By Louise Woodburn
WHEN it comes to occupational health and safety, many organisations focus their efforts on the immediately impactful element of safety, especially in heavily regulated industries. However, while ensuring workplace safety is paramount, occupational health is also critical.
Occupational illnesses can have devastating effects, both for employees and the business itself, as the Covid-19 pandemic has starkly highlighted. When it comes to conducting risk assessments and putting appropriate plans in place for 2022, occupational health needs to take centre stage.
Occupational illnesses and diseases are conditions or health problems that come about due to the nature of work that people are involved in. This includes skin disorders like dermatitis, respiratory illnesses such as asthma and chronic obstructive pulmonary disease, musculoskeletal disorders, hearing loss, cancer, stress and mental disorders, and infectious diseases. While none of these are new issues, the pandemic has put infectious diseases in the spotlight, paving the way for greater focus on occupational health.
The safety element of occupational health and safety is more widely understood, because it is a more immediate problem – for example, if the appropriate scaffolding and safety equipment is not used on a construction site, and someone falls and fatally injures themselves, the repercussions are clear. Occupational illness is a greater challenge, because it may be more difficult to see in the short-term.
However, the Occupational Health and Safety (OHS) Act specifies both safety and health, which means that it must be considered in risk assessments and training. The impact to the business of an occupational health incident is similar to that of a safety incident – there is reputational damage involved.
There are also financial implications, such as the need to pay for medical treatment, which would increase Compensation for Occupational Injuries and Diseases (COID) insurance premiums. Apart from this, there is a moral aspect to consider, as well as the fact that companies with poor health and safety records have trouble attracting and retaining staff.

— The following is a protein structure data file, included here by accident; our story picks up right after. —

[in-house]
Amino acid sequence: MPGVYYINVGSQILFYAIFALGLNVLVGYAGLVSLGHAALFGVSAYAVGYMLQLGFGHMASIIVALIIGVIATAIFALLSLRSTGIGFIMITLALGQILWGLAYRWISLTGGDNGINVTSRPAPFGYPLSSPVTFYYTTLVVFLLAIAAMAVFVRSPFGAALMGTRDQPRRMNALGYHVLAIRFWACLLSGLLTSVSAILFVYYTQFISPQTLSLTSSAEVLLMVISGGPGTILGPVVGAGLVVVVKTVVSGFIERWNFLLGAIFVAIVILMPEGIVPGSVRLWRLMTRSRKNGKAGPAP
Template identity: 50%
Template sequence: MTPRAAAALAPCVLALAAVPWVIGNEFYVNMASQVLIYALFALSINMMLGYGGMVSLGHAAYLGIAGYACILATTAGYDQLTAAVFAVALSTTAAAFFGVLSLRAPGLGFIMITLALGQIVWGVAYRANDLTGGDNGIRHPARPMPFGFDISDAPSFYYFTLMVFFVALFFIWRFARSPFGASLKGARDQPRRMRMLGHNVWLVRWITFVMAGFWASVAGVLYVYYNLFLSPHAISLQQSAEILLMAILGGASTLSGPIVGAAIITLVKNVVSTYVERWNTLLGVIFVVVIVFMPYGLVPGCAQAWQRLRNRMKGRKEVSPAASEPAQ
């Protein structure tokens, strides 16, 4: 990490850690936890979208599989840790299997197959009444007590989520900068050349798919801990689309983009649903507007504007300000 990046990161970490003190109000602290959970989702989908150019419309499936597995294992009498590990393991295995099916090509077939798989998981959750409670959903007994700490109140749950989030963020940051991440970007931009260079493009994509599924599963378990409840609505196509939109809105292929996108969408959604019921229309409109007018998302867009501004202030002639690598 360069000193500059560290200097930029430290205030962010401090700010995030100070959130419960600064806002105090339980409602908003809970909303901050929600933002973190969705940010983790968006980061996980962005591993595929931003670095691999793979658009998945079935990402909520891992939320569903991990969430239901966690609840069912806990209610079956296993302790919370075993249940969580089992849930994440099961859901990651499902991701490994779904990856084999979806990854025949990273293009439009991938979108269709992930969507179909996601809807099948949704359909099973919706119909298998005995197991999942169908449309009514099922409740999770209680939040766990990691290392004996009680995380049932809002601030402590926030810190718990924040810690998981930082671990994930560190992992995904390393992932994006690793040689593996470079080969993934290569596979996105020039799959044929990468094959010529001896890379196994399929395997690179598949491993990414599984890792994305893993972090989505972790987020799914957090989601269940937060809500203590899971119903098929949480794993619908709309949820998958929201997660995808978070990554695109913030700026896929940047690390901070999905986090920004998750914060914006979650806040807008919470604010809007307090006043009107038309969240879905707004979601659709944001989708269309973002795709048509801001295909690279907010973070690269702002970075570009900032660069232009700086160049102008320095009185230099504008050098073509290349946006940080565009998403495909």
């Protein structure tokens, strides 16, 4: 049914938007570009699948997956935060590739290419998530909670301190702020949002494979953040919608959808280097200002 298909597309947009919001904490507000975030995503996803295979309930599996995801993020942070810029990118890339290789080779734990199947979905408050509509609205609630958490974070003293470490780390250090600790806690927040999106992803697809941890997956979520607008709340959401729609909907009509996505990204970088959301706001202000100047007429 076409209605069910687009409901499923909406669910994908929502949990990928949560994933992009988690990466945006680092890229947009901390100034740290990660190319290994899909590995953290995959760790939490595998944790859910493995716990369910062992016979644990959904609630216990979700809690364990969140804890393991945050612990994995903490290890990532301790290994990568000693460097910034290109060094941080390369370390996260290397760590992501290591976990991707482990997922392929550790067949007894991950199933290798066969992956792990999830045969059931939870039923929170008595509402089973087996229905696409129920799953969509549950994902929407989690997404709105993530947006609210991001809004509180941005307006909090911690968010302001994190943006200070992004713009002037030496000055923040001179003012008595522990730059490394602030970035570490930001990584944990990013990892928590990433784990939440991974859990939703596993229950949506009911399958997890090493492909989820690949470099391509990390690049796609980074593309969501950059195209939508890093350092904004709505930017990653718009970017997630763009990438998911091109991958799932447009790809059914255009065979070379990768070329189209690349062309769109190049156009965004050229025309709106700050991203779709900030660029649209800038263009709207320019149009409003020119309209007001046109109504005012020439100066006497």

Aside from infectious diseases, which are more immediately apparent, most occupational illnesses are the result of prolonged exposure over extended periods of time. This means that it can take years for the effects to be noticeable, and by that stage there is often very little that can be done to correct the outcome.
It is therefore critical to take a more proactive approach to occupational health and bring this into greater awareness as part of risk assessments and training. Potential dangers need to be identified and mitigating processes put into place to prevent these illnesses from occurring in the first place.
Apart from the need to meet legal obligations around health and safety, employers should be adopting a futuristic view. The newer generation of workers are far more aware of these issues and will often actively seek an employer that takes their health and wellbeing into account. On the other side of the coin, developing a reputation as an employer of choice from both a mental and physical health point of view can help businesses to attract talent. Employee morale will also be consequently higher, leading to a more productive workforce and ultimately a more profitable business.
The world of work is changing, and the link between employee wellness and business success can no longer be ignored. Working with a qualified Safety, Health, Environment and Quality (SHEQ) partner has become key in managing all aspects of health, safety, risk and awareness, both to avoid the negatives of risk, and to reap the rewards of the positive elements.
The COVID-19 pandemic has changed the world, and it has brought the importance of occupational health to the fore, and it needs to be a focus for businesses in 2022.
Louise Woodburn is General Manager of KBC Risk Solutions, a Division of KBC Health & Safety